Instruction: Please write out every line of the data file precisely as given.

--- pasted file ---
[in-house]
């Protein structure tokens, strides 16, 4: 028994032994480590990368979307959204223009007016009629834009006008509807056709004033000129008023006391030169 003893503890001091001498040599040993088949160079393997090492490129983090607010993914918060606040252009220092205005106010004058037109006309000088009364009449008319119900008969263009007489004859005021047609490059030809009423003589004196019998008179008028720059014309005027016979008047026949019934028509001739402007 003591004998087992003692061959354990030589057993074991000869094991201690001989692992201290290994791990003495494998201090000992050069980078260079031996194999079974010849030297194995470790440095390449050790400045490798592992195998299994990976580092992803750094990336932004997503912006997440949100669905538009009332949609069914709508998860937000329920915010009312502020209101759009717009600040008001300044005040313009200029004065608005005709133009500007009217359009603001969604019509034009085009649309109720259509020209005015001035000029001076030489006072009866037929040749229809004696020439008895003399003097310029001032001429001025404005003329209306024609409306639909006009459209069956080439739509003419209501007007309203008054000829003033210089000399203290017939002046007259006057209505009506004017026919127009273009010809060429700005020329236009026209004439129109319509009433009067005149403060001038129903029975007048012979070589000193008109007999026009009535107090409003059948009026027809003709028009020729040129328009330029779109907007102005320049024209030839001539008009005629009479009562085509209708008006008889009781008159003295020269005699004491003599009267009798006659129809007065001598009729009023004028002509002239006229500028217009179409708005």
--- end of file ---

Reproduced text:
[in-house]
């Protein structure tokens, strides 16, 4: 028994032994480590990368979307959204223009007016009629834009006008509807056709004033000129008023006391030169 003893503890001091001498040599040993088949160079393997090492490129983090607010993914918060606040252009220092205005106010004058037109006309000088009364009449008319119900008969263009007489004859005021047609490059030809009423003589004196019998008179008028720059014309005027016979008047026949019934028509001739402007 003591004998087992003692061959354990030589057993074991000869094991201690001989692992201290290994791990003495494998201090000992050069980078260079031996194999079974010849030297194995470790440095390449050790400045490798592992195998299994990976580092992803750094990336932004997503912006997440949100669905538009009332949609069914709508998860937000329920915010009312502020209101759009717009600040008001300044005040313009200029004065608005005709133009500007009217359009603001969604019509034009085009649309109720259509020209005015001035000029001076030489006072009866037929040749229809004696020439008895003399003097310029001032001429001025404005003329209306024609409306639909006009459209069956080439739509003419209501007007309203008054000829003033210089000399203290017939002046007259006057209505009506004017026919127009273009010809060429700005020329236009026209004439129109319509009433009067005149403060001038129903029975007048012979070589000193008109007999026009009535107090409003059948009026027809003709028009020729040129328009330029779109907007102005320049024209030839001539008009005629009479009562085509209708008006008889009781008159003295020269005699004491003599009267009798006659129809007065001598009729009023004028002509002239006229500028217009179409708005």